Supplement Feature - April 2018
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When Disaster Strikes

Preparation Is Key to Disaster Recovery for Parks

By Rick Dandes

In play areas near where there are wildfires, make sure there is no debris near the play space, Flanigan said, "but I was just in touch with someone in Sonoma County (Calif.) where all the houses in one area were totally destroyed except a playground and I don't know if it was pure luck or if it was far enough away from the flames."

The staff should understand the plan, which includes evacuation. "If there are kids in the area, make sure they are safe and that there is a plan for where they are going to go. If you have a recreation facility that can act as a shelter, you want to have things for the kids to do during or right after the disaster," Flanigan said. "We've worked with the folks at Save the Children. They create child-friendly spaces and they will set up shop where shelters are and bring in play opportunities for kids, so that when the recovery process does begin, the kids have an opportunity to play and that mitigates some of the toxic levels of stress that the kids in those situations are experiencing."

The bottom line is to think about preparation, said both Flanigan and Dolesh. Certain things you can predict, like hurricanes. Tornadoes are always a challenge, because they happen so quickly. Fires are also hard to predict.

"I think the biggest trend that I've seen around the country is the level of preparedness at park and recreation agencies," said Dolesh "They are prepared for these kinds of severe events. Large public agencies oftentimes have to be prepared, but many agencies have gone a step beyond that … they are baking it into their DNA. They are prepared, prepositioned, they're ready, and they know how to respond."

Even if a parks and recreation department doesn't have accreditation as a required element of agency certification, Dolesh said, "I think more and more agencies are getting serious about being prepared for extreme events." (Go to for more information on accreditation.)

Still, he said, it is hard to do training for events that overwhelm peoples' resources and physical capability. "In talking to the folks in Houston, I was struck that with Hurricane Harvey it absolutely overwhelmed people's capabilities. Getting 50 or 60 inches of rain is beyond your level of understanding of what it does. The devastation was extreme. They simply lost parks. They were obliterated."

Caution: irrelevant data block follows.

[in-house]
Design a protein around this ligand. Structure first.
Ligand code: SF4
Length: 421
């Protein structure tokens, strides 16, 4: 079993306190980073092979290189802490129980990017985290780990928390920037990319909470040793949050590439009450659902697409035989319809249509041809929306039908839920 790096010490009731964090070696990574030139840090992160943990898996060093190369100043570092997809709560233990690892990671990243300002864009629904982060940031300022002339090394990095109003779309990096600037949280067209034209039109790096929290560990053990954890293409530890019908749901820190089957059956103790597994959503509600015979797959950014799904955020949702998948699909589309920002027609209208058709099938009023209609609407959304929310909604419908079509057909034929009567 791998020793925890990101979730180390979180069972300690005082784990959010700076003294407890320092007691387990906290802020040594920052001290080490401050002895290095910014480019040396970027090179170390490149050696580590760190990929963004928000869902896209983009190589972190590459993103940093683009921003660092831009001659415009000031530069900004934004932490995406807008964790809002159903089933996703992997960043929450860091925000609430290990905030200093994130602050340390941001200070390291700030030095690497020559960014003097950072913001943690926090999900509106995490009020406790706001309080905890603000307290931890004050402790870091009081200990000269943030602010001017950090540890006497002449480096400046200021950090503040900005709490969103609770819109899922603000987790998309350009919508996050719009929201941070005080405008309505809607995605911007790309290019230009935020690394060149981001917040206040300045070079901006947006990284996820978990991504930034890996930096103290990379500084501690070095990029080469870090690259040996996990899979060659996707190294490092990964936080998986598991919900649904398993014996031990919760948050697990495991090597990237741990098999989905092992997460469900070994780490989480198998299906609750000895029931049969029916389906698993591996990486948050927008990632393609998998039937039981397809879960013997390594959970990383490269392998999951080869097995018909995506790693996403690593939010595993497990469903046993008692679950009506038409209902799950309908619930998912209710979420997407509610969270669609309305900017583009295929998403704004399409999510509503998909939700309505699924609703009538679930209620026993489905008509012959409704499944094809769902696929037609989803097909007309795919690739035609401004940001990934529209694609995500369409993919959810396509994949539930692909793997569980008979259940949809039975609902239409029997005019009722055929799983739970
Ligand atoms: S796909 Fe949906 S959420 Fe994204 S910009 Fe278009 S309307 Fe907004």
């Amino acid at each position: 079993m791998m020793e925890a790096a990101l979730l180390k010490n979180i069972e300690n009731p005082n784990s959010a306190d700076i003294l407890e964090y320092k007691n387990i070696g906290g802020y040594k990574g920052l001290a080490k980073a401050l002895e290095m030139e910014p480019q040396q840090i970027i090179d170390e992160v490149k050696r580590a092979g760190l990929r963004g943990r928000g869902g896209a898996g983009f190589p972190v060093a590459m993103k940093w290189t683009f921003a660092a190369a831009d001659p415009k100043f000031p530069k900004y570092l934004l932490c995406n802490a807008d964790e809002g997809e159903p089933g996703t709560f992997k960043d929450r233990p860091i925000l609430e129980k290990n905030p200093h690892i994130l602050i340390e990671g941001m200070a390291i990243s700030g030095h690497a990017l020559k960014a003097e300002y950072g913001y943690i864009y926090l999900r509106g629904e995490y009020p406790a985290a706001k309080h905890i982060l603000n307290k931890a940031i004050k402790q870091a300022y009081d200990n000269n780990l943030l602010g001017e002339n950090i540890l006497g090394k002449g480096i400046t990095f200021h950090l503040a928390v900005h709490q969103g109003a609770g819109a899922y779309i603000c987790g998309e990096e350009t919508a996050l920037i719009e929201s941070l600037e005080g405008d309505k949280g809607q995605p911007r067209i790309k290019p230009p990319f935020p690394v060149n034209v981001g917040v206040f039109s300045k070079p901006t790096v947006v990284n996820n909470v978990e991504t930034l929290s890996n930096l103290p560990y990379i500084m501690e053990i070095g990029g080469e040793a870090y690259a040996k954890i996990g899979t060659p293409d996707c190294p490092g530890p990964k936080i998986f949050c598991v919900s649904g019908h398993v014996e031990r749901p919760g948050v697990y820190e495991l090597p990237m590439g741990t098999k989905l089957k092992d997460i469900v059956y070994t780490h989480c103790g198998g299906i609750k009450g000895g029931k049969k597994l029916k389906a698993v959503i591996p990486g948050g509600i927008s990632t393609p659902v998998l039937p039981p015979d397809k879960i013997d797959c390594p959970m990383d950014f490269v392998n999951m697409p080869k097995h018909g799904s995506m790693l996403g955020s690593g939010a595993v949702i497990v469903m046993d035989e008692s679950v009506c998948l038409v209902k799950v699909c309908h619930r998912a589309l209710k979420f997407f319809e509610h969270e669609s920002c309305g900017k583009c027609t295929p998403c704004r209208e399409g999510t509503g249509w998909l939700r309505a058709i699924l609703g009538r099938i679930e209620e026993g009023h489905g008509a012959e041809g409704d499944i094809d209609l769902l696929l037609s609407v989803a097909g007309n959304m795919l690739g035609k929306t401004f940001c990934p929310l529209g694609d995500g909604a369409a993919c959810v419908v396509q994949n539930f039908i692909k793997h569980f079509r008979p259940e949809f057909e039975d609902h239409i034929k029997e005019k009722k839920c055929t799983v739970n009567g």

A Deluge in Baton Rouge

Having an agency preparedness plan helped the Recreation and Park Commission for the Parish of East Baton Rouge (BREC) survive and recover from record flooding. They had just gone through updating their emergency preparedness plan and it was extremely valuable to them when those severe storms hit, said Cheryl Michelet, communications director, BREC.

In August 2016, historic floods devastated parts of south Louisiana after a slow-moving system dumped more than 20 inches of rain in parts of East Baton Rouge and nearby parishes in a three-day span.

In just two days 21.86 inches of rain fell in Livingston, La., according to National Weather Service gauges. That topped the threshold of 20.7 inches for a 1,000-year rainfall event for that period. But other gauges measured more than 31 inches in Watson, La. That staggering total left many climate scientists and meteorologists scratching their heads.

"It started as a really heavy rainstorm on a Friday," Michelet recalled. "By noon of that day you could tell it was going to be really bad. The rain wasn't stopping, and we were already seeing street flooding and the weather folks were getting nervous. That night we posted on social media our first pictures of facilities we checked on. We had folks at the zoo stay overnight until the water went down to make sure the animals were safe. That really resonated with the community."

BREC was asked to open shelters. "Our facilities are really only good for short-term shelters," Michelet said. "We operate five of those, and I got a call that weekend from someone operating one of them saying, 'We have all these kids here, and we don't have anything for them to do.' We were able to bring them coloring books, jump ropes and anything we could grab."

The next day a handful of employees got into work and Michelet started thinking about BREC on the Geaux ("That's our Louisiana way of saying go," she said,) a recreation program. "I called the governor's office, Red Cross, and people I know to get things going and the next day, we had BREC on the Geaux in shelters. It's a mobile recreation unit. We have two. We divided them up and had them visit shelters until those shelters were closed and people could get back home and schools reopened. This made such a difference, because the kids had some healthy activity, something fun to do to take their minds off what was going on, and I think it was just about as important for the adults. You don't want to break down when your kids are right there, so you have some time to think and plan and cry if you need to."

A few days later BREC opened emergency camps. There were still kids who weren't in a shelter, "their houses may or may not have flooded but their parents were working to repair their houses or friend's houses and so we opened camps all around the parish until schools reopened," Michelet said. "The other things that we did were offering space for first responders. We housed thousands of tons of debris because we just couldn't get it to a landfill quick enough … to help speed up that recovery."